Cryptocoryne wendtii 'flamingo' is a cultivar of Cryptocoryne wendtii. Full sized adult plant leaves are around 10cm long, which makes it great for mid/foreground placement. The leaves are distinctively pink which makes it hard to match in many aquascapes. It does stand out a lot in most aquascapes and works well as tonal contrast to clusters of red plants.
It is a slow growing plant that is relatively undemanding. However, the tissue culture form that it often comes in is delicate and many hobbyists fail to adapt it in that form, hence its reputation for being difficult. It can take as long as 3 to 5 months for a baby plantlet to grow to full size. After being planted, it is best to not move it and let it establish - smaller plants start out more delicate and vulnerable to algae and it gets more robust when it gets larger. It is important to let them sit in a fixed spot for many weeks; when their root systems are established, growth accelerates and bigger plants are more stable and resilient to environmental changes.
As a slow grower, the main factor for success with this plant is stable conditions over the long run. It grows faster, more stable with moderate and above GH levels (4-5dGH and above) even though it can be grown in very softwater as well.
The leaves take on better coloration with stronger light and good all round fertilization (and yes, carbon dioxide injection). More red/blue spectrum helps pigmentation. With less intense lighting, or less than optimal growth conditions, some of the leaves may be olive colored rather than pink.
Key success factors
Sufficient light (80 umols onwards) to get good coloration.
Do not move smaller plants - let them grow in and they'll reach full size in 4 to 6 months where they will start spawning smaller plants readily. Smaller sized plants, especially from tissue cultures, need time to sit and grow in undisturbed for a long period of time.
Tolerant of higher alkalinity/ higher KH ranges.
Slightly higher GH values work better (4-5dGH and above). The easy way to reach this by adding APT SKY.
Long term stability (probably the hardest aspect).
Fertilization/CO2 levels need not be high, but needs to be consistent. We grow ours using APT 3 / Complete, with APT Jazz added to the root-zone.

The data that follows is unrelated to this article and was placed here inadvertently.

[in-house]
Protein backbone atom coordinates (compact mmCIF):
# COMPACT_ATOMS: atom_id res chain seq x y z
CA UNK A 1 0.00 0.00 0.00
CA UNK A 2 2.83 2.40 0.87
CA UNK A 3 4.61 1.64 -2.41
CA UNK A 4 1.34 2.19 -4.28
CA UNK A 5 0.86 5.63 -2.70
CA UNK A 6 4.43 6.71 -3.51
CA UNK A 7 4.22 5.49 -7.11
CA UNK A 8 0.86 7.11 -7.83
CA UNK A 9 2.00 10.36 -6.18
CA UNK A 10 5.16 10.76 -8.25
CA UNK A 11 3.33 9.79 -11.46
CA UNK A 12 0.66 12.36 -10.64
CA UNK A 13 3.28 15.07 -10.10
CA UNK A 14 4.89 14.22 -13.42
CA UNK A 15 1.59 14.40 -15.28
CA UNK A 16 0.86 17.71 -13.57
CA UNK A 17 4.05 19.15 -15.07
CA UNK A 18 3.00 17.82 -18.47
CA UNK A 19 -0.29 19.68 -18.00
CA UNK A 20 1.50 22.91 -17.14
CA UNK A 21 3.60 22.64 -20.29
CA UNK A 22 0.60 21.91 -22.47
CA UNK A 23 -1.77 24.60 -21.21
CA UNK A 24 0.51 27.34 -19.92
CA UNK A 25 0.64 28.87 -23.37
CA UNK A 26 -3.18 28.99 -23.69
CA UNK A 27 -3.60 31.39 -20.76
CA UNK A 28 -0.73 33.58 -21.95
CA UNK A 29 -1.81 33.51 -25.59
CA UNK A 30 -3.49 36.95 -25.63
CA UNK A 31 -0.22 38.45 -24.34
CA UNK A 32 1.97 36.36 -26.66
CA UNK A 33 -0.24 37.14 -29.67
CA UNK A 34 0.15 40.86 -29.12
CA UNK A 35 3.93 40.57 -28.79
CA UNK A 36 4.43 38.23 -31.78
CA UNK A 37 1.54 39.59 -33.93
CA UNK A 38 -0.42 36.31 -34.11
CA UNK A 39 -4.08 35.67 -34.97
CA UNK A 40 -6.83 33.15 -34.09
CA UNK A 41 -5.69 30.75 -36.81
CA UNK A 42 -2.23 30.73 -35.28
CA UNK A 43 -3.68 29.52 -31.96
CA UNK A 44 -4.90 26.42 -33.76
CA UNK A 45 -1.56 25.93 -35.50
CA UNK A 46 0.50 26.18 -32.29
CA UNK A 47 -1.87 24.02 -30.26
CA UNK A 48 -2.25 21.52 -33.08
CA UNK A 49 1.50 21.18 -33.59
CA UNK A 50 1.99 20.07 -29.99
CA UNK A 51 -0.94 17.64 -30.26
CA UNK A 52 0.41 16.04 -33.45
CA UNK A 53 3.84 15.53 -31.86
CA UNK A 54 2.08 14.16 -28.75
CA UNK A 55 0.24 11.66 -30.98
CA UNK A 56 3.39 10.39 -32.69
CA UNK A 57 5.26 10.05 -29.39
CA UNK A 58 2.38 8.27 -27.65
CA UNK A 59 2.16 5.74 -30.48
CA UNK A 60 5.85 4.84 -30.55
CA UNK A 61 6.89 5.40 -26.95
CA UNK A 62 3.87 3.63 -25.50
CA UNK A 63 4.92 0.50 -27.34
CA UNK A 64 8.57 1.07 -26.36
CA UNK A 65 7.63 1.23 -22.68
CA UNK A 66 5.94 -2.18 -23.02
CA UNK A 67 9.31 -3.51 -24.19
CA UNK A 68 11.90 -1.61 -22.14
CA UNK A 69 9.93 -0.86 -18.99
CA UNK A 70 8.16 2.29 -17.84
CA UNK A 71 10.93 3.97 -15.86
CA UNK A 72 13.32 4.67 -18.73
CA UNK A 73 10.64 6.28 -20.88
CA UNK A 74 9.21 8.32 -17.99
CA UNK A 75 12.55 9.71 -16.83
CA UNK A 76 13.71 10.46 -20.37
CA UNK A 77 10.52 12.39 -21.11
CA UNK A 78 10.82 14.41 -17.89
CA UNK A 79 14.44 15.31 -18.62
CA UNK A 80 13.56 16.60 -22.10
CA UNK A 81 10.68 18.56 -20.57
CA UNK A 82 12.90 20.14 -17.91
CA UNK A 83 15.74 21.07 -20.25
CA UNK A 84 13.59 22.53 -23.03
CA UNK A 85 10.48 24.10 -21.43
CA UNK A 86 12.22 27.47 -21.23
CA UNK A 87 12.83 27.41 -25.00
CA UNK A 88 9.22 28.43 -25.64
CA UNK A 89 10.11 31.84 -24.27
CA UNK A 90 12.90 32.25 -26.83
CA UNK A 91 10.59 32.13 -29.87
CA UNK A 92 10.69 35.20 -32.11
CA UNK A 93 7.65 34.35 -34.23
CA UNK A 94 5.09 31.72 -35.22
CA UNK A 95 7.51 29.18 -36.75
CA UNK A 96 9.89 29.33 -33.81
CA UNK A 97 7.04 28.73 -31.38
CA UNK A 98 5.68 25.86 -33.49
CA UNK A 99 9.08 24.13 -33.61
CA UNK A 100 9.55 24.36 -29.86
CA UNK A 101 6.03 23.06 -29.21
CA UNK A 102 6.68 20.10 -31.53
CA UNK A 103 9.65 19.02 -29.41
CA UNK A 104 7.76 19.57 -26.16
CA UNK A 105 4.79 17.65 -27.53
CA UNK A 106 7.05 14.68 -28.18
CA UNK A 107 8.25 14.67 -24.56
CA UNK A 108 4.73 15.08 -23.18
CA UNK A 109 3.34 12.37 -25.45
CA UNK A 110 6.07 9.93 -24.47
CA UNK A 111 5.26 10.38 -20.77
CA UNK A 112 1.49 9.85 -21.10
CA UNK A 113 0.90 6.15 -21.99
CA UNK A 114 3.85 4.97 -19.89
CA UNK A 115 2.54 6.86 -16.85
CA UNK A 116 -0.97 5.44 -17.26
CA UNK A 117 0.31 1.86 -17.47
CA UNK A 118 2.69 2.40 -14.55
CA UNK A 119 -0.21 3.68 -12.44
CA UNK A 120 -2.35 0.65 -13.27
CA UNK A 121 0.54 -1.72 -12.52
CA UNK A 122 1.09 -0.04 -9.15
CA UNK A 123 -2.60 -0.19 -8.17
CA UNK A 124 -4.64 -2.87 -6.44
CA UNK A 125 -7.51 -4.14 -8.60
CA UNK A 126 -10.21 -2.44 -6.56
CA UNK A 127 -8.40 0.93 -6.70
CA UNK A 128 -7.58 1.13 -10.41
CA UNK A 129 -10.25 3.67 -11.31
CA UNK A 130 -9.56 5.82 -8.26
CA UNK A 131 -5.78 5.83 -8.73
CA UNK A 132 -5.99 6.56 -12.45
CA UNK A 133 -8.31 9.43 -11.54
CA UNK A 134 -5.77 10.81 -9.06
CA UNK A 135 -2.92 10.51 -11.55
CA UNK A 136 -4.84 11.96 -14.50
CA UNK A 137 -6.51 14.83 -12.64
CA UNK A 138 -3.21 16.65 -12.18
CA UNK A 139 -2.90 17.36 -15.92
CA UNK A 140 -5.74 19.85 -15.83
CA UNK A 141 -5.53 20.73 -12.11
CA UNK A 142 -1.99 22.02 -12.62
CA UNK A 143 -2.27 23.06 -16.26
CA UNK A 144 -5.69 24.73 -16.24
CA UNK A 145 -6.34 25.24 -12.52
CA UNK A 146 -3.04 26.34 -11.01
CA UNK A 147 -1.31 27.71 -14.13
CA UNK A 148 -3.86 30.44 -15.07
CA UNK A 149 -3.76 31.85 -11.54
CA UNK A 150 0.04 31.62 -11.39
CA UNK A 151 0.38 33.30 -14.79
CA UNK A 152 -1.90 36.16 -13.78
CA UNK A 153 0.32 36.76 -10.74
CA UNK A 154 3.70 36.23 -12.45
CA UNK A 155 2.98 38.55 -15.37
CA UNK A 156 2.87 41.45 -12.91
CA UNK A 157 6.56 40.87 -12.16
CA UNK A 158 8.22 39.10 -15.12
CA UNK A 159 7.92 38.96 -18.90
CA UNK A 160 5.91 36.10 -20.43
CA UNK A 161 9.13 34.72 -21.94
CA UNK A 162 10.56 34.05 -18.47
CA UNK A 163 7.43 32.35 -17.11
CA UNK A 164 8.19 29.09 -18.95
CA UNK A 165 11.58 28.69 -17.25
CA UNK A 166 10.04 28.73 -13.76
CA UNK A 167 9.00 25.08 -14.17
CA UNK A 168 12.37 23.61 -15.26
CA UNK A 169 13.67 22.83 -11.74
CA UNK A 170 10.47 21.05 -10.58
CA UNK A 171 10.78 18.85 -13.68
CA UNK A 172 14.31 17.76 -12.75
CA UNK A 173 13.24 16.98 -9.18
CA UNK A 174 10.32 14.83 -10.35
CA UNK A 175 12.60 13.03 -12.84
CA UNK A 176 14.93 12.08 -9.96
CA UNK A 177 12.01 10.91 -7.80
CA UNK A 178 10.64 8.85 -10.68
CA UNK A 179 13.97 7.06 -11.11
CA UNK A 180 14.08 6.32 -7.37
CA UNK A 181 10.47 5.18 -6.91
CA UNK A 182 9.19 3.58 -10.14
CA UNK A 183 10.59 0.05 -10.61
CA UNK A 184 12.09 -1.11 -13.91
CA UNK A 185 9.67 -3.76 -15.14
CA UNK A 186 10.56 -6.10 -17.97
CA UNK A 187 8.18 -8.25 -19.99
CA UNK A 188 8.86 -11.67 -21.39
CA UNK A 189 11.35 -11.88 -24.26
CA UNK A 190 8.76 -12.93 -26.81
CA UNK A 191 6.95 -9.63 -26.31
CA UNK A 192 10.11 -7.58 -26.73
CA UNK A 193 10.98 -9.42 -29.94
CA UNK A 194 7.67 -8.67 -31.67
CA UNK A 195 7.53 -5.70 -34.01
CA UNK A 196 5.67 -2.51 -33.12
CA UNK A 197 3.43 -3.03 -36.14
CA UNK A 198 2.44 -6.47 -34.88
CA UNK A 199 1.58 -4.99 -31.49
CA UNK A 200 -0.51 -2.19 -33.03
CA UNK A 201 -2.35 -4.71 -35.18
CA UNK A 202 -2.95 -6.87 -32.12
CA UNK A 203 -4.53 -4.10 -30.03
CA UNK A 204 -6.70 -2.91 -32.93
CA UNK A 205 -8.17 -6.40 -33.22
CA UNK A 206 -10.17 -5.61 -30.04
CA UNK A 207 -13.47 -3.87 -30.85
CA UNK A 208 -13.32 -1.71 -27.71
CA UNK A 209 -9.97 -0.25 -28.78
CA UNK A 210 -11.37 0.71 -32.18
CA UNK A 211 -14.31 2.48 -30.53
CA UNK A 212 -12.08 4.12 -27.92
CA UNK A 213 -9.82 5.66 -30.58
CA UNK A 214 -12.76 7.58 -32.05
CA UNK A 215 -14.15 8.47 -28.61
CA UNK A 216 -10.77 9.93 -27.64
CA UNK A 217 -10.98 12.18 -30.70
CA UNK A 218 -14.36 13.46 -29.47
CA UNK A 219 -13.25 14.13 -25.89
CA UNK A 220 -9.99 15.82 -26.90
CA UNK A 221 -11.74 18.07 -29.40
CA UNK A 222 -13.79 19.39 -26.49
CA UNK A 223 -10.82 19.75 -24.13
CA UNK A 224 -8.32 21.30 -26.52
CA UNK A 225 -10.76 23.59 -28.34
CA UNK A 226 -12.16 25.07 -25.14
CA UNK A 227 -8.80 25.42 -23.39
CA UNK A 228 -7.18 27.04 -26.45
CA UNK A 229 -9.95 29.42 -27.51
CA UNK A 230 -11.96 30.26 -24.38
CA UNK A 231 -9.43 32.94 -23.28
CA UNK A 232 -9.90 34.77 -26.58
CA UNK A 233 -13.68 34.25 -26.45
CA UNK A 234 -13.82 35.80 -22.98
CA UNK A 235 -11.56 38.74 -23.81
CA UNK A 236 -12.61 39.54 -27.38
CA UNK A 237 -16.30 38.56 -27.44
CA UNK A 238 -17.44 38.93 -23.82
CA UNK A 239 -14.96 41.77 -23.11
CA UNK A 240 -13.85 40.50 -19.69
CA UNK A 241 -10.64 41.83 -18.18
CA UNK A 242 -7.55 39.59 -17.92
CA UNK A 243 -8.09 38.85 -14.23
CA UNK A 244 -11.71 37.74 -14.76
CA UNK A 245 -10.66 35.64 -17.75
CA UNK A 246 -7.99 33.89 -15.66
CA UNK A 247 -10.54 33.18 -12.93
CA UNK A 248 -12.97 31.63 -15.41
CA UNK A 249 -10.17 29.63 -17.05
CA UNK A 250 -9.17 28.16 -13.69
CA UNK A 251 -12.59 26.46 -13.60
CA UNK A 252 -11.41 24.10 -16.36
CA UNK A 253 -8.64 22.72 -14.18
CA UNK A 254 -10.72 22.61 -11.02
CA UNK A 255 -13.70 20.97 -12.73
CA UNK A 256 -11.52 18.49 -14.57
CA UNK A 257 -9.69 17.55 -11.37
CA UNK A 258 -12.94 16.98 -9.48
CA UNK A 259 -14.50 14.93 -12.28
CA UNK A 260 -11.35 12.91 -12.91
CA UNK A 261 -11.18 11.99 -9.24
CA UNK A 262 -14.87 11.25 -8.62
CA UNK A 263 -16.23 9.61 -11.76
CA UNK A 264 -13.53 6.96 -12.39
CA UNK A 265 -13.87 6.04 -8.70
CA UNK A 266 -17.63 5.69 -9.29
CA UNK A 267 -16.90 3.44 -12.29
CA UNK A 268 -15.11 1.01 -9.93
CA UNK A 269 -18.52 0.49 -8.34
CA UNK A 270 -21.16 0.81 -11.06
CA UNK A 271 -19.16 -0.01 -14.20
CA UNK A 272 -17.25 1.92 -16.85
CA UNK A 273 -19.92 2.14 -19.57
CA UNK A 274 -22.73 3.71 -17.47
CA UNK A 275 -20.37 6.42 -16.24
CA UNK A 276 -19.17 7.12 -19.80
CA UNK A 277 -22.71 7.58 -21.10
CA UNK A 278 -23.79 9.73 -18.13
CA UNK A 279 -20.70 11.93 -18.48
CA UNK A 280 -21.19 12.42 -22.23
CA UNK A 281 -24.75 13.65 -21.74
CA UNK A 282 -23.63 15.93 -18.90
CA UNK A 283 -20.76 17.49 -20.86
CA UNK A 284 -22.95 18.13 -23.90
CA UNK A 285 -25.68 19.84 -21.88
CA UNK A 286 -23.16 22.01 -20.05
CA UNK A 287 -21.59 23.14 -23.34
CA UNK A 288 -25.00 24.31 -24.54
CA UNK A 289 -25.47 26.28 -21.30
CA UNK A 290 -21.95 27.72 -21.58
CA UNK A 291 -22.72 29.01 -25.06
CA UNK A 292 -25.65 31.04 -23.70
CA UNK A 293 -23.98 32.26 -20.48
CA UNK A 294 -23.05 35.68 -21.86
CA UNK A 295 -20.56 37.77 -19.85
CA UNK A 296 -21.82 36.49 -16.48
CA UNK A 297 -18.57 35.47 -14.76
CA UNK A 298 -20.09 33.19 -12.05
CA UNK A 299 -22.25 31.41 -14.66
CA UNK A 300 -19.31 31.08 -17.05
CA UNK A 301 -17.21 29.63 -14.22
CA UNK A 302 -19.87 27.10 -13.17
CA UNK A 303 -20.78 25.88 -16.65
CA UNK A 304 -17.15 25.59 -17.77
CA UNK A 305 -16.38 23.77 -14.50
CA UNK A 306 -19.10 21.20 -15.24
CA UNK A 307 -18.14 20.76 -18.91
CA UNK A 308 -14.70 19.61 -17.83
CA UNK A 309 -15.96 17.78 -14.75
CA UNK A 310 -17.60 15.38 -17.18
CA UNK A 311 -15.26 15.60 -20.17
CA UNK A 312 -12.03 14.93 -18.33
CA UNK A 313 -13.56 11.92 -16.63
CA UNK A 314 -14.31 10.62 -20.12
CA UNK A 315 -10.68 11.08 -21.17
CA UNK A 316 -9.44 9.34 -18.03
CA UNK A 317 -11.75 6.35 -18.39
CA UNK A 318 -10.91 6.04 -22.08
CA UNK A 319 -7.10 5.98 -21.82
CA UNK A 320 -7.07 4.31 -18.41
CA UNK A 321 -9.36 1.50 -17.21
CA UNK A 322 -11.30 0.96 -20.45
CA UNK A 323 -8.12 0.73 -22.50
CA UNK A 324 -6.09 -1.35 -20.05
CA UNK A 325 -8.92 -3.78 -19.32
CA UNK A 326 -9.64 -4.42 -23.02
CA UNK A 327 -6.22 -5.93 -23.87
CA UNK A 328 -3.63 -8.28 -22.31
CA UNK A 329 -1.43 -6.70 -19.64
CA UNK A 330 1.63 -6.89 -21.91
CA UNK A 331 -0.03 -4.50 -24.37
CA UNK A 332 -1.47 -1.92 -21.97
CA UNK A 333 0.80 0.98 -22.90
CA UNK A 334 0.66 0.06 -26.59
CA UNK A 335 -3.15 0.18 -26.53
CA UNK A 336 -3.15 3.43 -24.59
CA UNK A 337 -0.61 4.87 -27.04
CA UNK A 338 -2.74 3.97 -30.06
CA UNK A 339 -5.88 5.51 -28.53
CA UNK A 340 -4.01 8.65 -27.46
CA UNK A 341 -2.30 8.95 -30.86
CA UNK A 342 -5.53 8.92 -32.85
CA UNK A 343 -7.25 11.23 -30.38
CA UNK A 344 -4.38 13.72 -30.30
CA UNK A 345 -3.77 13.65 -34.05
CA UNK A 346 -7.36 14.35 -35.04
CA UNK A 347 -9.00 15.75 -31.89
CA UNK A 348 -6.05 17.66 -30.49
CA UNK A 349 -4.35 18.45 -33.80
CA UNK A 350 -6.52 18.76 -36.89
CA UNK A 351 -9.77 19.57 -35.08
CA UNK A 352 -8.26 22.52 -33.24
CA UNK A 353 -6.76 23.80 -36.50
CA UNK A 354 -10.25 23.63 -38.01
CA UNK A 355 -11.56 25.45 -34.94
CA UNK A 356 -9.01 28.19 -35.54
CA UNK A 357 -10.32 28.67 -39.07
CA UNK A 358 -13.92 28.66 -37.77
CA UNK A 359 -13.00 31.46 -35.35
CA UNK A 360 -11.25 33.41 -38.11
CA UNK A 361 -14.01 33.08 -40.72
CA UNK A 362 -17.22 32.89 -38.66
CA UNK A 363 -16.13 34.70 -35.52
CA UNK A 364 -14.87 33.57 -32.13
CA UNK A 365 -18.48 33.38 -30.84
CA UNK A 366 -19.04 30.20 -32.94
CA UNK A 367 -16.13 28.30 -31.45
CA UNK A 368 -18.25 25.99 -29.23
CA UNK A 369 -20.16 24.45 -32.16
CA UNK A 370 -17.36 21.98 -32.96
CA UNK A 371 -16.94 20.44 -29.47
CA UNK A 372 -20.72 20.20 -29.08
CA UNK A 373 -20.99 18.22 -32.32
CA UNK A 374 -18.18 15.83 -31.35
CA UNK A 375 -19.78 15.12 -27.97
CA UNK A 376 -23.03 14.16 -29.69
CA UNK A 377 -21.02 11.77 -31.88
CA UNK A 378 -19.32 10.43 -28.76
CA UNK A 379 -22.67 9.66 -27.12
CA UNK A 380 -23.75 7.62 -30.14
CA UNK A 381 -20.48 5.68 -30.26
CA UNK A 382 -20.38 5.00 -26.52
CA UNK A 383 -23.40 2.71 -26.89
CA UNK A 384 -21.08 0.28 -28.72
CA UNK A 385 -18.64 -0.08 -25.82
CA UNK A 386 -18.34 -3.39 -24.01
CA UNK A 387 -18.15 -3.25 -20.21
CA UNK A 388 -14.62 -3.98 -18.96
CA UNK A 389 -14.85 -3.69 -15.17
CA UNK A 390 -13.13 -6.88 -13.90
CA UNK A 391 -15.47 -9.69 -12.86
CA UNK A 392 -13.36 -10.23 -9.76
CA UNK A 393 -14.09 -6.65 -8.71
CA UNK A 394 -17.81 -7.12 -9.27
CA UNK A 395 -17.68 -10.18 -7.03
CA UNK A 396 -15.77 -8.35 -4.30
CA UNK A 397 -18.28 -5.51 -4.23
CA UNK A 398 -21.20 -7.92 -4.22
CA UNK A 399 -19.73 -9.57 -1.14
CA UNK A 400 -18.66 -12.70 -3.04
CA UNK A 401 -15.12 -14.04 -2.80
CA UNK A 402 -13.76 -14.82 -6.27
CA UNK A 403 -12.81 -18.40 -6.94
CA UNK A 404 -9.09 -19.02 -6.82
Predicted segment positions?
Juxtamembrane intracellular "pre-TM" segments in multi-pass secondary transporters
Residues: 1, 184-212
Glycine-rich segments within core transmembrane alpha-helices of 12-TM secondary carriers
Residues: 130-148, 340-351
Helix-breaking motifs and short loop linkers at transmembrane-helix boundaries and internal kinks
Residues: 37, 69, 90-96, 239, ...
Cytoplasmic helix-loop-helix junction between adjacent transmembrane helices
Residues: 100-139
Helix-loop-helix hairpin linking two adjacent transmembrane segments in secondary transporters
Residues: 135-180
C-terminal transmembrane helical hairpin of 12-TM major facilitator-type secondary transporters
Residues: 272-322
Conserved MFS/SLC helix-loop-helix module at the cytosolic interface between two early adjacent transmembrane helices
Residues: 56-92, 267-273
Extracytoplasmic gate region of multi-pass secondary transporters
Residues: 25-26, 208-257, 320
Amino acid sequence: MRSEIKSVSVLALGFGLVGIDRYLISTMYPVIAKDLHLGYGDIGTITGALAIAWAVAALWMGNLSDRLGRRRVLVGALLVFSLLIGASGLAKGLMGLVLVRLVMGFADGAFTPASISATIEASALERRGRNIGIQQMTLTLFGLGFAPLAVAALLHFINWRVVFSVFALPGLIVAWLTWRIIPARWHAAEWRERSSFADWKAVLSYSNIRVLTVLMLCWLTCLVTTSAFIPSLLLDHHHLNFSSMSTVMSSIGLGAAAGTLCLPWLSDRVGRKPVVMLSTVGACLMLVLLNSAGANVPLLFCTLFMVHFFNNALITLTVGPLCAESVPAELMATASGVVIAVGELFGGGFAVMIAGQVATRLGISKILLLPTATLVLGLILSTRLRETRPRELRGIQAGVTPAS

how to get it redder
Stronger light (higher PAR values, up to 150umols of PAR gives improved coloration).
Better red/blue spectrum in light used.
Consistent growth parameters over long term.
Trimming and propagation
As the plant ages old leaves can be trimmed at the base of the plant. Adult plants send out runners in the surrounding areas and plantlets will begin to develop. These plantlets grow faster if they are left attached to the mother plant. Once they reach medium size (leaf size of 5 to 6cm), the runners can be cut and they can be transplanted elsewhere.
ACCLIMATIZING TC PLANTS
Tissue culture versions of this plant give tremendous bang for your buck (if you can get them to convert smoothly) as you can get more than 10 plants out of a single cup. However, as with most TC plants they are more delicate than adult plants.
To transition these small plants - only plant them in matured, fully cycled tanks. Avoid planting in fresh substrates (especially ammonia rich aquasoil which melts TC easily). Tank cleanliness is important - water changes and light vacuuming of substrate surface is important to remove organic detritus and prevent algae.
We would also avoid herbivores/fish/aggressive shrimp that pick on tender plants. Avoid fish/livestock that stir up the substrate.
It takes the plantlets quite a few months to reach adult size, so being able to keep localized conditions stable for a long period is necessary for success.
Head here to find out more about how to measure CO2 levels in planted tank.